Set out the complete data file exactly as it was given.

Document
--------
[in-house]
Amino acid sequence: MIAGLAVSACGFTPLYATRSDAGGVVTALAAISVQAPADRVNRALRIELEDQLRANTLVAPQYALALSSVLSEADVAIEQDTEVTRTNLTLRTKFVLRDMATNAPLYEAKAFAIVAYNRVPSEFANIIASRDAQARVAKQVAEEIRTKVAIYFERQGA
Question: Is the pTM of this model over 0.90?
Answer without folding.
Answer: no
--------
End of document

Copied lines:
[in-house]
Amino acid sequence: MIAGLAVSACGFTPLYATRSDAGGVVTALAAISVQAPADRVNRALRIELEDQLRANTLVAPQYALALSSVLSEADVAIEQDTEVTRTNLTLRTKFVLRDMATNAPLYEAKAFAIVAYNRVPSEFANIIASRDAQARVAKQVAEEIRTKVAIYFERQGA
Question: Is the pTM of this model over 0.90?
Answer without folding.
Answer: no